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Copyright is an intellectual property right giving legal protection given to original intellectual and creative work by authors, artists, musicians, photographers and others. It exists to prevent the unauthorised reproduction of work and safeguards the rights of creators and owners to profit from their intellectual property. Only the copyright owner is entitled to authorise copying from an original work.

Original works are automatically protected by copyright law in the UK, whether or not the © symbol is used, and include:

  • Written work such as books or articles
  • Typographical arrangements of written work
  • Artistic works such as paintings, drawings and photographs
  • Moving images such as film, video and DVD
  • Work in electronic form such as web pages, software and databases
  • Music in written, recorded and electronic form.

Copyright in the UK is governed by the Copyright Designs and Patents Act (CDPA) 1988 (as amended). Revisions to the legislation were made in 2014 .

Other relevant UK legislation includes the Copyright (Visually Impaired Persons) Act 2002, and the Copyright and Related Rights Regulations 2003.

See the section below, Copying for education and research, for guidance on using copyright protected works by type.

Recent changes to UK copyright law

A number of small legislative changes updated UK copyright law in 2014. The changes affect education and research, libraries, museums and archives, and public administration. A new exception for non-commercial text and data mining was introduced, which requires lawful access to the content being mined. For education, a new exception, illustration for instruction was also added, which addresses statutory permissions for teaching and learning activities including examination processes.

The UK Intellectual Property Office (IPO) has published related guidance on topics including:  

See also the IPO consumer guidance on the exceptions. For further support and advice, contact either your Academic Liaison Librarian or Copyright, Library Services.  

Copying for education and research

Copying from copyright protected works is normally prohibited, unless you have prior written permission from the copyright owner or your copying is covered by a licence, waiver or statutory exception in the Copyright Designs and Patents Act 1988.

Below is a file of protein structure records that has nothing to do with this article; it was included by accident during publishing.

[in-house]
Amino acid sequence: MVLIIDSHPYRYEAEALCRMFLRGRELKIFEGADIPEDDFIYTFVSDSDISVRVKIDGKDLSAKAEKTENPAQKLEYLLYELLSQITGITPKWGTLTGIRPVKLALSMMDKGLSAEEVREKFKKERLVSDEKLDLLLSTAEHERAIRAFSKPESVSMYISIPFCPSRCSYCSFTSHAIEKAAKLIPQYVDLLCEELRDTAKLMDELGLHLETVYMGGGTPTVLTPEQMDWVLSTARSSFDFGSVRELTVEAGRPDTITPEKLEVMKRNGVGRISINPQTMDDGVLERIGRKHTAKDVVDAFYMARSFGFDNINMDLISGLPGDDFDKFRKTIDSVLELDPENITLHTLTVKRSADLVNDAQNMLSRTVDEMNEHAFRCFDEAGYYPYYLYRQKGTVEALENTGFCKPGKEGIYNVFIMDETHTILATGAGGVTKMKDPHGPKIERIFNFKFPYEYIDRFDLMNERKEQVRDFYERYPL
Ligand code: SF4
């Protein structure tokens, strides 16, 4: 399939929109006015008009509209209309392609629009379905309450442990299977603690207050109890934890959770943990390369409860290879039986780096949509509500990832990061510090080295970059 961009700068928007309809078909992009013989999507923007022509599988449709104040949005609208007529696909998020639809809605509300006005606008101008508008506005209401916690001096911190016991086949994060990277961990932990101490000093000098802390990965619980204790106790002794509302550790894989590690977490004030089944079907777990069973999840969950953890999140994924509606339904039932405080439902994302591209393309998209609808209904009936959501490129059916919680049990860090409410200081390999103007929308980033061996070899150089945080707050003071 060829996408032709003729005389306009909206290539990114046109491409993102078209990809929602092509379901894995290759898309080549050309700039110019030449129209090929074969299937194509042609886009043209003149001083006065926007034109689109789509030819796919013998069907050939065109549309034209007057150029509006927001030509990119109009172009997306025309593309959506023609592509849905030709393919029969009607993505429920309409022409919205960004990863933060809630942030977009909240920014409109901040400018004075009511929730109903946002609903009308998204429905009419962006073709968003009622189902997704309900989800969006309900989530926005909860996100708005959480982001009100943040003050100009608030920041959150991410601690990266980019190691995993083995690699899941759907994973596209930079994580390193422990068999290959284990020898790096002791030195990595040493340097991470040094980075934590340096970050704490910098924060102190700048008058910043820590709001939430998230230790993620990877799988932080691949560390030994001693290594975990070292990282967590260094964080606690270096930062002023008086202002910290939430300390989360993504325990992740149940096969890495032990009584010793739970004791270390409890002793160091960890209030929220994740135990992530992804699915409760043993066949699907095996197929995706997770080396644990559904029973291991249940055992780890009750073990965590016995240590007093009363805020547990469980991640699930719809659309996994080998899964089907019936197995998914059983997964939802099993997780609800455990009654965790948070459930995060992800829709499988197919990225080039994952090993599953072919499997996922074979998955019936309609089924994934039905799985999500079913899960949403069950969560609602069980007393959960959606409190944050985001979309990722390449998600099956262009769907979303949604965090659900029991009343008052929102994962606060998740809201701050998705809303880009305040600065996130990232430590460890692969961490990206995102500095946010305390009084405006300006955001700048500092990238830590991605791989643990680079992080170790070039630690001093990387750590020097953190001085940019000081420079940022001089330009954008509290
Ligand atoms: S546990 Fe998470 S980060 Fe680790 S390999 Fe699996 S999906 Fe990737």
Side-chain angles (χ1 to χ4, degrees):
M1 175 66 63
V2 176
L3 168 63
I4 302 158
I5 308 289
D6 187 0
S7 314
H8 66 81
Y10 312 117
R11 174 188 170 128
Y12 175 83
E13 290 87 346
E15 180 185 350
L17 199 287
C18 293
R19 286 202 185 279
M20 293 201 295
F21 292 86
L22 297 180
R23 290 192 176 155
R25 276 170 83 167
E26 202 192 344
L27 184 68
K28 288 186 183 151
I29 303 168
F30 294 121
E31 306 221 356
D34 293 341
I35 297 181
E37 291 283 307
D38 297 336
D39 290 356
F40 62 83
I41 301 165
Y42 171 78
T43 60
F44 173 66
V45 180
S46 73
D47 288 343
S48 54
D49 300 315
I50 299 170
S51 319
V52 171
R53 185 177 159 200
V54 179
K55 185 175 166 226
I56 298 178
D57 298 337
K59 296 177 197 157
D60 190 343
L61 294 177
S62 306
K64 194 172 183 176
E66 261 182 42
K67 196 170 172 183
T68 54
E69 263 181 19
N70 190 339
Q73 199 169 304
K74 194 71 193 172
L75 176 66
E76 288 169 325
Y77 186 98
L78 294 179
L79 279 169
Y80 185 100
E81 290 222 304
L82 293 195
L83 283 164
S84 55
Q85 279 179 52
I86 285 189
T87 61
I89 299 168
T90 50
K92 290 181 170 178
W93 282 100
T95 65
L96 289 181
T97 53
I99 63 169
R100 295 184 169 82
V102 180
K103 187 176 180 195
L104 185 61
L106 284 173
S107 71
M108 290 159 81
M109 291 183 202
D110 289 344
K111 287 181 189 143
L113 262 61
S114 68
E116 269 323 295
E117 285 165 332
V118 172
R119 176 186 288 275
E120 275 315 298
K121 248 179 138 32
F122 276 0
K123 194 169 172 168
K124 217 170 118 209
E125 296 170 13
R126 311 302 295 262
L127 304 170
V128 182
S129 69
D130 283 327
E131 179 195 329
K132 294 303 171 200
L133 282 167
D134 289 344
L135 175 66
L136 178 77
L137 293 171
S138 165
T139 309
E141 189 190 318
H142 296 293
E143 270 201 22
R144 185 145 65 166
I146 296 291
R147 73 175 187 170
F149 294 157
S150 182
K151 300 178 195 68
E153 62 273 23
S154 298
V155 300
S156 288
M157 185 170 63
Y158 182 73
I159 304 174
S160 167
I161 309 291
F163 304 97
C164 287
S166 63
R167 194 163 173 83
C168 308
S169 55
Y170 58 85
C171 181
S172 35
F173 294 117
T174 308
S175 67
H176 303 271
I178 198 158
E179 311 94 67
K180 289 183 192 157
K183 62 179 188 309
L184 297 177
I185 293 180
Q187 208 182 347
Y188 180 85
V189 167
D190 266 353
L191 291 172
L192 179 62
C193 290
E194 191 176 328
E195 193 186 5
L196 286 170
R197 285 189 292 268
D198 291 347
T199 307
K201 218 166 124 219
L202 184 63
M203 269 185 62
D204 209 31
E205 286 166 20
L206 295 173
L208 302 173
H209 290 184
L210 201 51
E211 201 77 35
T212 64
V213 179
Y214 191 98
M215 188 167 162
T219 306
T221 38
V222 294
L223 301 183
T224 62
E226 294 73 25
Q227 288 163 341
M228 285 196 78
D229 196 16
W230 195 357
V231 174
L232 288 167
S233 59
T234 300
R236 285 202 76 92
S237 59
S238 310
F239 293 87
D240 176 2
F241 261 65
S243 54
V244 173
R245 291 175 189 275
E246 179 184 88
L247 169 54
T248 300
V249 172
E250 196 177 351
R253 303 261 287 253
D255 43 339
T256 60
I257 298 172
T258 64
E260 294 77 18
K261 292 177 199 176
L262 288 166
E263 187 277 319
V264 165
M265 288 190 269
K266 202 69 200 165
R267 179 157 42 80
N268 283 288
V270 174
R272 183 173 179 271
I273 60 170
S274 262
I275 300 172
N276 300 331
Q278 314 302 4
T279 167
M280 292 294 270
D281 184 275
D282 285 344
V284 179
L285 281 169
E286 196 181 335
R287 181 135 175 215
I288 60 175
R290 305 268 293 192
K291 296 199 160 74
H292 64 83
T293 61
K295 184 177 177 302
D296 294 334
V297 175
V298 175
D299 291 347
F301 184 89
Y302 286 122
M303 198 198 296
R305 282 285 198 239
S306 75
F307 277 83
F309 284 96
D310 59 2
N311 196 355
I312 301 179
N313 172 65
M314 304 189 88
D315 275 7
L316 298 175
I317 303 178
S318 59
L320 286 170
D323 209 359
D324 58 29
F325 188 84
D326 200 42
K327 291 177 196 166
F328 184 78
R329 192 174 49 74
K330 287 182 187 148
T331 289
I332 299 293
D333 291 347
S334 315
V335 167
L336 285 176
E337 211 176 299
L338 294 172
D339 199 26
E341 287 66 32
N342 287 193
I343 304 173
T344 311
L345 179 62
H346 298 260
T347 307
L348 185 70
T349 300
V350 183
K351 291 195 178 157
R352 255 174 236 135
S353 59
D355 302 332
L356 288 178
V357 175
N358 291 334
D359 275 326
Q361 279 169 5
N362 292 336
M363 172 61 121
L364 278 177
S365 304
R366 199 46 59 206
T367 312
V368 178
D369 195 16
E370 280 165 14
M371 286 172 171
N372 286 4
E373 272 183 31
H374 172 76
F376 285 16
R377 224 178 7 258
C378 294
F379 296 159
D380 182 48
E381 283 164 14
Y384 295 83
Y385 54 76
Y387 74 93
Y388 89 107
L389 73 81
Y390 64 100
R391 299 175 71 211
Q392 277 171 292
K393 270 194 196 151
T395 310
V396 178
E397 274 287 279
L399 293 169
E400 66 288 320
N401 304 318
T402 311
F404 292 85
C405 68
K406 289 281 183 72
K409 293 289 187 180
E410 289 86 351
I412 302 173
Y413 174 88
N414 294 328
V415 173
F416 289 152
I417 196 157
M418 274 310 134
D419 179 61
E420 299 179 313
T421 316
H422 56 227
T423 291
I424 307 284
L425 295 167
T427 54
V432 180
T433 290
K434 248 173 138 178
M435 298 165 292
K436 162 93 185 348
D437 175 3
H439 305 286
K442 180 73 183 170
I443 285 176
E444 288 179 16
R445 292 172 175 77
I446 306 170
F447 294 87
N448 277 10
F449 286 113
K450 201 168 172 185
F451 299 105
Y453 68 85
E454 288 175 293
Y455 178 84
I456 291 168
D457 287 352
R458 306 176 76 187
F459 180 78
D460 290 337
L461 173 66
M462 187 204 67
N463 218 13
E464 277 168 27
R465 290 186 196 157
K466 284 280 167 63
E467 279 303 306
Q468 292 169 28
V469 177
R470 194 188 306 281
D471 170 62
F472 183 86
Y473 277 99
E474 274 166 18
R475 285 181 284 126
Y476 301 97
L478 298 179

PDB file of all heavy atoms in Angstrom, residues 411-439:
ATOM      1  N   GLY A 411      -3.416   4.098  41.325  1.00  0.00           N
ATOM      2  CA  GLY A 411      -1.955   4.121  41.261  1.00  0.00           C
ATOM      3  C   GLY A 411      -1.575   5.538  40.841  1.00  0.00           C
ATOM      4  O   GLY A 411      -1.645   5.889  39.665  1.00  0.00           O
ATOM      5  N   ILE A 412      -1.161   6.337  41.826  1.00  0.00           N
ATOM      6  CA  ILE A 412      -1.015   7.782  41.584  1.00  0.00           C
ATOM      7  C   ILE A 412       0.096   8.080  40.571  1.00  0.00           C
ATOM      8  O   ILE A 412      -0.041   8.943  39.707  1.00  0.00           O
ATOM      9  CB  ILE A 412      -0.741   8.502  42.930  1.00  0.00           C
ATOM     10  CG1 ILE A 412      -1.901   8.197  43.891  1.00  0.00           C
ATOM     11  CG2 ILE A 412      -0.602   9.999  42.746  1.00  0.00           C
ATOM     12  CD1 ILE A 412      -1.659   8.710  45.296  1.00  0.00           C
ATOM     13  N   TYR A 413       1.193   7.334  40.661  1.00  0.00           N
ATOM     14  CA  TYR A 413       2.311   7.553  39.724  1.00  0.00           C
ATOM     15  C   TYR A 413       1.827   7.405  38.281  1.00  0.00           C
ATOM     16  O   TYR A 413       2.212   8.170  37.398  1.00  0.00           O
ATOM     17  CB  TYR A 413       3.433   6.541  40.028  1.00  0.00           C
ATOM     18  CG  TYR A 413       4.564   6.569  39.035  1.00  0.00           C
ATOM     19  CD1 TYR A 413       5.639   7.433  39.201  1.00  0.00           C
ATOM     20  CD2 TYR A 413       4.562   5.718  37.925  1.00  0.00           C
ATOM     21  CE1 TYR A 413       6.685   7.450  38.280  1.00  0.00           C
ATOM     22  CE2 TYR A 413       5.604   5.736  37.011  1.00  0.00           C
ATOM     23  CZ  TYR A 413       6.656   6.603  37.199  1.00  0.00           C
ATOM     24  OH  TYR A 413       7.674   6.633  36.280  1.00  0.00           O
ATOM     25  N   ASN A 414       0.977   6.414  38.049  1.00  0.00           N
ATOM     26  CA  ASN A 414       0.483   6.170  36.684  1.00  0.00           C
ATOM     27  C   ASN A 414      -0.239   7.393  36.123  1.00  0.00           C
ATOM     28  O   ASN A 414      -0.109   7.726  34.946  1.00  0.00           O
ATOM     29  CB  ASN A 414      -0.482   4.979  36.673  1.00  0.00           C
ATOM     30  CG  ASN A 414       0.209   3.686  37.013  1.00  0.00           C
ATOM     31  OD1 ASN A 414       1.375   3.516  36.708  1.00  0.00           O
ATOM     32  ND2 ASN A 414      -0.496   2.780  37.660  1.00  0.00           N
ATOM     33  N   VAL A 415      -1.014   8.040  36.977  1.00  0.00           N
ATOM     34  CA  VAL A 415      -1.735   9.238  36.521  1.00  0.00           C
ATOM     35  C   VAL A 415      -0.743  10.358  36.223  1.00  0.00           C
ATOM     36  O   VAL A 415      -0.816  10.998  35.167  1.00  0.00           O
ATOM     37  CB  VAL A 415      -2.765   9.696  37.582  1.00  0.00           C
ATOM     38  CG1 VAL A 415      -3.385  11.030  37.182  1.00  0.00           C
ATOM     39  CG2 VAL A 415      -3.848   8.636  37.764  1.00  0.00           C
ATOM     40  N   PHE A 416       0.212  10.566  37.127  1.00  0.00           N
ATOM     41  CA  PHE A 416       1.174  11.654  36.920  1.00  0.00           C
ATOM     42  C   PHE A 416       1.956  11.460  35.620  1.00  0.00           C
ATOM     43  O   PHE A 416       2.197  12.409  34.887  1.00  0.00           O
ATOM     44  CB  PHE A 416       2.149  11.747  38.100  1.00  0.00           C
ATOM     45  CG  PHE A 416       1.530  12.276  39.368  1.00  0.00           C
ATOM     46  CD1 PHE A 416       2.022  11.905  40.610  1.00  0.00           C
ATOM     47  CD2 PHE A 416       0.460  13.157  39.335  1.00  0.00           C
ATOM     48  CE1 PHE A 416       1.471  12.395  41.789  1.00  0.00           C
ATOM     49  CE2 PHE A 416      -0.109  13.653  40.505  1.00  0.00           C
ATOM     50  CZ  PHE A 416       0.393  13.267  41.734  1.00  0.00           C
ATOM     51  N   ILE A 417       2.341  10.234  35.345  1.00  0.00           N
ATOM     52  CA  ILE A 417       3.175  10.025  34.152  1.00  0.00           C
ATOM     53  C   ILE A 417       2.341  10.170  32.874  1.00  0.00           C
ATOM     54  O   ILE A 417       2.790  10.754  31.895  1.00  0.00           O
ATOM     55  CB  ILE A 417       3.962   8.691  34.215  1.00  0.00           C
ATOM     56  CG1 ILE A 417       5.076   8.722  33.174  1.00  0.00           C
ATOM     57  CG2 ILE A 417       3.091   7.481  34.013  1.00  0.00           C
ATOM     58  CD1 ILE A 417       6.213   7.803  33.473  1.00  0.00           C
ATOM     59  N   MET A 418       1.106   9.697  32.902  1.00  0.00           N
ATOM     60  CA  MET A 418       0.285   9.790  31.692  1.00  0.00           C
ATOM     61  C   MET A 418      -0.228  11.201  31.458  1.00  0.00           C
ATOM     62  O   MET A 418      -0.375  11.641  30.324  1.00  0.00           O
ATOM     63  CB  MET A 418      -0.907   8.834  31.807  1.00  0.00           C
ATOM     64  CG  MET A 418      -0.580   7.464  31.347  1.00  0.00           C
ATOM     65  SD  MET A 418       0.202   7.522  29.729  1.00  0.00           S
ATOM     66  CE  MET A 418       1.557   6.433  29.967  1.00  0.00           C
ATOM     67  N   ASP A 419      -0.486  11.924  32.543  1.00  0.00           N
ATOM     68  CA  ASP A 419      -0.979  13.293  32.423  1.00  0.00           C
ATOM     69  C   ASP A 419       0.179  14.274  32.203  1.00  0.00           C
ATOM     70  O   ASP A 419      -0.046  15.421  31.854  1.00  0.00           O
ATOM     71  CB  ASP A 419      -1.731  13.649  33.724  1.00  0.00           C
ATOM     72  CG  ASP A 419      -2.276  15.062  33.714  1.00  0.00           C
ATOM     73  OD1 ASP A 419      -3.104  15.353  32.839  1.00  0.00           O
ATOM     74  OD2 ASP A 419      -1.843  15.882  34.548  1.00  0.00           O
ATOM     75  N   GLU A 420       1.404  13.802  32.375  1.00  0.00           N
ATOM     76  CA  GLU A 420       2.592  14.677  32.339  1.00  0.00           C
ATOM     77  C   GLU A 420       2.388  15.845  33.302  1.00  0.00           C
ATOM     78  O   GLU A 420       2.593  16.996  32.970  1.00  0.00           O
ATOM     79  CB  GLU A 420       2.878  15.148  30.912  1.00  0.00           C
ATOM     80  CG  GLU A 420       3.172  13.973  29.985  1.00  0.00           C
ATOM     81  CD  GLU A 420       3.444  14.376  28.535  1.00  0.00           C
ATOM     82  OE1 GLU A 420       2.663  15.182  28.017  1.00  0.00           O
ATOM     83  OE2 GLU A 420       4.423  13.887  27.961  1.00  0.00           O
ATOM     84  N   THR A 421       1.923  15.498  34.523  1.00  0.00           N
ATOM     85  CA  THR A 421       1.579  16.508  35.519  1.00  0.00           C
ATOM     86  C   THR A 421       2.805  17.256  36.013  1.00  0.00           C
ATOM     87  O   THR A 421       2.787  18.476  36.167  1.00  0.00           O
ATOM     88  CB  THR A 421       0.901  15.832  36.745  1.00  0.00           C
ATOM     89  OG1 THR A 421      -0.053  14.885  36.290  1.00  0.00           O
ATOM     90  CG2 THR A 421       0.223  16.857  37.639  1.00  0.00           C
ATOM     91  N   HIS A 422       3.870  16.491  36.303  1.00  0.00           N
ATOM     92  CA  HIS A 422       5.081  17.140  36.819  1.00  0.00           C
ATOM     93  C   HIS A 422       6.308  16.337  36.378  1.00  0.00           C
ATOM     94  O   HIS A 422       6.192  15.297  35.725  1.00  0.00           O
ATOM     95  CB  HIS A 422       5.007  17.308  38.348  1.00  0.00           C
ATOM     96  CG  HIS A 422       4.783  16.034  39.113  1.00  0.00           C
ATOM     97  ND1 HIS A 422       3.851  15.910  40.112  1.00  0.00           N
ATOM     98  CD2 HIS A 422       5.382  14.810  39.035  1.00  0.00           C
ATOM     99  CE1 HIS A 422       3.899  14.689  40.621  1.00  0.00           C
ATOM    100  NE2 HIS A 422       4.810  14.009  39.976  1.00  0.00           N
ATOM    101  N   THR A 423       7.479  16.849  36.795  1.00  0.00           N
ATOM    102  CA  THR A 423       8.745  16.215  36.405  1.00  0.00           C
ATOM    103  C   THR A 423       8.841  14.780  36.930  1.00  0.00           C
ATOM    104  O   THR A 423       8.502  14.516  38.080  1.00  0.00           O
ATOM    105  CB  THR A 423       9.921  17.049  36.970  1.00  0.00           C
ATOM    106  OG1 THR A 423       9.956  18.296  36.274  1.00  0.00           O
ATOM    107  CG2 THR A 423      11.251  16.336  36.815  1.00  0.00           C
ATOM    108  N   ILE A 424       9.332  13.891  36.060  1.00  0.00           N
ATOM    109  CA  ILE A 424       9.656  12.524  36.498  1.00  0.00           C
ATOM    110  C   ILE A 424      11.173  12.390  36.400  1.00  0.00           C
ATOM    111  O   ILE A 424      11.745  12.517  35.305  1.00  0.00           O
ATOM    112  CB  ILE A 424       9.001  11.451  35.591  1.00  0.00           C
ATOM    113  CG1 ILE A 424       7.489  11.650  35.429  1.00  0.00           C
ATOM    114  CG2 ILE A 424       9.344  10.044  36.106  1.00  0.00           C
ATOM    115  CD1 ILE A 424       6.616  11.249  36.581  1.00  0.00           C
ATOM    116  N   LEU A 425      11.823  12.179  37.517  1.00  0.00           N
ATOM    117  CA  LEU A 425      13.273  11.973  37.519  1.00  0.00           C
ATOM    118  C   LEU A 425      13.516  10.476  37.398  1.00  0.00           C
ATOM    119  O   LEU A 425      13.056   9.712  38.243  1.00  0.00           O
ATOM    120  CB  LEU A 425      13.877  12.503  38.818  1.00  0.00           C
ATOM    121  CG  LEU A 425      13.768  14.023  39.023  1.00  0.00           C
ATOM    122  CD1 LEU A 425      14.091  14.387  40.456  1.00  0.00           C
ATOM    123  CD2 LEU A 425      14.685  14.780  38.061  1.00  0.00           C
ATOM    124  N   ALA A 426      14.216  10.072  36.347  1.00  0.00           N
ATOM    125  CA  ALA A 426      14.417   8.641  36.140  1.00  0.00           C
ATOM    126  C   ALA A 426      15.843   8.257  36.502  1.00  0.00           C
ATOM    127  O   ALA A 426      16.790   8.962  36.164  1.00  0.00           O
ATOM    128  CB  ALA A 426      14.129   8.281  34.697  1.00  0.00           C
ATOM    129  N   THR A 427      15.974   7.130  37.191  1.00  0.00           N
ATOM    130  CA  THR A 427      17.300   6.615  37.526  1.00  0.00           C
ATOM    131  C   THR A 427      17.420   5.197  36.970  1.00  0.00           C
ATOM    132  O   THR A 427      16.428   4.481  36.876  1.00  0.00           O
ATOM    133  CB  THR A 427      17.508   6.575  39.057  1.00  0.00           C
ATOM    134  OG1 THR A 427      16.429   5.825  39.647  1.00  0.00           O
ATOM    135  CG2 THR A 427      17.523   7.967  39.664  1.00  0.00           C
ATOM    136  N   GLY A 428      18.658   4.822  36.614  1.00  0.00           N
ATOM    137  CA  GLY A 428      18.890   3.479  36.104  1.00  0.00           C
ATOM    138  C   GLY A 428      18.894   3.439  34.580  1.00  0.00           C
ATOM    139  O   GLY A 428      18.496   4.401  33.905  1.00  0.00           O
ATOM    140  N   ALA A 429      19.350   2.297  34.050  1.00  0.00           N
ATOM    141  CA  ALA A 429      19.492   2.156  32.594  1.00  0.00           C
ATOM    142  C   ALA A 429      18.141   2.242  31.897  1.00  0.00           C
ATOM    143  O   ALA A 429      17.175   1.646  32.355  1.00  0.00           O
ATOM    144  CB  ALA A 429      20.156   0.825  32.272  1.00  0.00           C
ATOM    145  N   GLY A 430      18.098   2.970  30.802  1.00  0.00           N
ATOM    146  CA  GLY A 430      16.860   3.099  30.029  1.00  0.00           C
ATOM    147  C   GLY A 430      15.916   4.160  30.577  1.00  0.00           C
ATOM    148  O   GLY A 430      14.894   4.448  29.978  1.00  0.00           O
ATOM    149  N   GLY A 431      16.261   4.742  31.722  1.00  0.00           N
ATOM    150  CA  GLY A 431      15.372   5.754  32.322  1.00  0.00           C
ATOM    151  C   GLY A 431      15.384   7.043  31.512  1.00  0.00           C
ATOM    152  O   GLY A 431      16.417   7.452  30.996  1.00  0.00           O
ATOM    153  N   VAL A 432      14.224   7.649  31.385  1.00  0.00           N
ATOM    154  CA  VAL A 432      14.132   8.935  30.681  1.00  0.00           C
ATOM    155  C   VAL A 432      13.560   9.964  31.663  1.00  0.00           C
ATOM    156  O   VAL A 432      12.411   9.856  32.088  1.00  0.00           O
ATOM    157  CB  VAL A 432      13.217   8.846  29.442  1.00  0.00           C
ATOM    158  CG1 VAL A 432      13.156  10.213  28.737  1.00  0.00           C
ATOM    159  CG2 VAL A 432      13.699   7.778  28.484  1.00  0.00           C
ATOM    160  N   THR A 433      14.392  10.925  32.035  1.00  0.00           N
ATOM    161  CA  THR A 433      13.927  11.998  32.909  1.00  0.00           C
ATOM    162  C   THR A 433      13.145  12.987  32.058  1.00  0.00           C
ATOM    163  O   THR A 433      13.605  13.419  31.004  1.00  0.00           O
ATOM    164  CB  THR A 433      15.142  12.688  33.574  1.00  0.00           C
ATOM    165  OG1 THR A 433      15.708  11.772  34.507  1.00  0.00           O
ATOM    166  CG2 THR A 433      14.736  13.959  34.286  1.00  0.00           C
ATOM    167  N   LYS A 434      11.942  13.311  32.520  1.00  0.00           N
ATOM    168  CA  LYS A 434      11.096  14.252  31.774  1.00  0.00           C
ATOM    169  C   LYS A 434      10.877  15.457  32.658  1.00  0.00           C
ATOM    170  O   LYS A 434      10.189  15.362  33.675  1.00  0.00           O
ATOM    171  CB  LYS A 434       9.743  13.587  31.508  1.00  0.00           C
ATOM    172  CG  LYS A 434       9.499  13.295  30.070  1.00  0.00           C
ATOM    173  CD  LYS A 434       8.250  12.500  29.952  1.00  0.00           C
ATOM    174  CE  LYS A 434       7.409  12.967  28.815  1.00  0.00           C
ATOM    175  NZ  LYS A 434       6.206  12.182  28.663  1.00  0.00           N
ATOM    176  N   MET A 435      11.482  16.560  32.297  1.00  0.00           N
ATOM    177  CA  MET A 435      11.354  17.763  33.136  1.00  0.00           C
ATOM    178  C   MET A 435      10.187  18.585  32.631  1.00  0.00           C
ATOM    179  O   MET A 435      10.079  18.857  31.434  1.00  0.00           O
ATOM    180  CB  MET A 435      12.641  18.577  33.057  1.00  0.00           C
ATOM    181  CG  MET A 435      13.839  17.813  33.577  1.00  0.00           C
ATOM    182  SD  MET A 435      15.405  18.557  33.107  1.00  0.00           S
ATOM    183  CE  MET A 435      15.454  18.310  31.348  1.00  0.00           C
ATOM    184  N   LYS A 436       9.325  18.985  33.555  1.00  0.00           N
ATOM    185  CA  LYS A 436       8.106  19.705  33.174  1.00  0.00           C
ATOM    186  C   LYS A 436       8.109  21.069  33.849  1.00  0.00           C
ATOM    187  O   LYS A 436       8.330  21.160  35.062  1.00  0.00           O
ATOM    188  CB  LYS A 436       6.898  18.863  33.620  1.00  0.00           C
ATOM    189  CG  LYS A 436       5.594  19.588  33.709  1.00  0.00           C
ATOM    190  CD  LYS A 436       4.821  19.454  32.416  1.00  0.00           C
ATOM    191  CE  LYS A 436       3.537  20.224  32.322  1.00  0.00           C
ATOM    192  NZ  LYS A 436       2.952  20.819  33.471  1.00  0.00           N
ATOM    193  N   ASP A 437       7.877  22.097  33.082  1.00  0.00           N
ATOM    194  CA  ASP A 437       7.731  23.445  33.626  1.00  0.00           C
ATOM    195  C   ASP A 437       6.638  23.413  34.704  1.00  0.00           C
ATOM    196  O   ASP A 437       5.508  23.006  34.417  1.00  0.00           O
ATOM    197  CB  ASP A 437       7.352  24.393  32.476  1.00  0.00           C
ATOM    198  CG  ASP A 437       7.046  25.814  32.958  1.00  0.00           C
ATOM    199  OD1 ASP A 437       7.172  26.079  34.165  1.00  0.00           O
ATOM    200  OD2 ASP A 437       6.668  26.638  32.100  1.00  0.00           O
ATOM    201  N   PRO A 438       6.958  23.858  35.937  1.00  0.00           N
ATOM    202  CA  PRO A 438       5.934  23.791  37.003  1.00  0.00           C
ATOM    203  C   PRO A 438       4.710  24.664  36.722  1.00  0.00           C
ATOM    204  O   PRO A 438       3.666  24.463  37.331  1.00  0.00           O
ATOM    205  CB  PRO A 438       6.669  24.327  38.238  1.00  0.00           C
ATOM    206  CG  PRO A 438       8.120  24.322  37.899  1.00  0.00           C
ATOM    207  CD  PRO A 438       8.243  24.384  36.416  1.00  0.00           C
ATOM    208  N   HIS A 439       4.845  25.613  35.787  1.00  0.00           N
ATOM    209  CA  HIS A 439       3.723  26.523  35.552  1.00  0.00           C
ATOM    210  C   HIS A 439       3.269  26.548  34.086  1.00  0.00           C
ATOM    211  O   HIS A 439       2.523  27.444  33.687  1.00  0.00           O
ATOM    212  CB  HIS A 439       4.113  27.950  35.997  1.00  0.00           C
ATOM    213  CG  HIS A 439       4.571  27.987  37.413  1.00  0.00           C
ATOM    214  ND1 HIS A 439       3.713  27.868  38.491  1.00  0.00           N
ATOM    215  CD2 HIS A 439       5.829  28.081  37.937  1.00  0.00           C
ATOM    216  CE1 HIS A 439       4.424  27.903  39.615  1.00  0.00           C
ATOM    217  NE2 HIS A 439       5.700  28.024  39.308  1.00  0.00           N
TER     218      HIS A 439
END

The University holds a number of licences which permit certain restricted acts of copying for educational purposes. Some, but not all, may also allow copying for adminstrative purposes. It is important to check before using a work under licence, that the terms cover the extent being used, the intended purpose and audience. 

Statutory copyright exceptions also allow users to copy from all types of works, provided they meet the terms of the exception.

A number of variables may affect what and how much you can copy, for example, whether you are copying for private use or educational use. Where no exception or licence covers the intended use or proportion of a work you wish to use, written permission from the copyright owner is required.

Where permission is obtained to use or make copies of works, written copies must be kept which can be produced if requested. University may be required to maintain central records of material used under some licences and copyright exceptions. Please seek advice from the Copyright Officer.

For more information about copyright for education and research, follow the links to the right.

Copyright advice

It can be very easy to infringe copyright without thinking. Scanning or photocopying the whole issue of a journal, copying an image and putting it in Brightspace or any shared online space, downloading music illegally from the internet, or putting a whole report or a video clip into an e-learning module are all illegal, unless you have a licence to do so, are covered under a statutory exception, or have explicit permission from the copyright owner(s).

Copyright is an extremely complex area, and universities and their staff or students are not immune from prosecution, so it is important to check these web pages and their links, and ask for help if you are unsure. 

All staff and students are required to comply with copyright and licensing requirements, and failure to do so could result in disciplinary procedures under University regulations, legal action for breach of contract or copyright infringement, and may also result in the withdrawal of access to resources for the individual or the University.  

Some external sources of copyright advice are:

Alternatively, the University's Copyright Officer provides the following services to staff and students:

  • advice on the use of copyright material under copyright legislation and licensing
  • training on copyright issues
  • advice on how to obtain clearance for your needs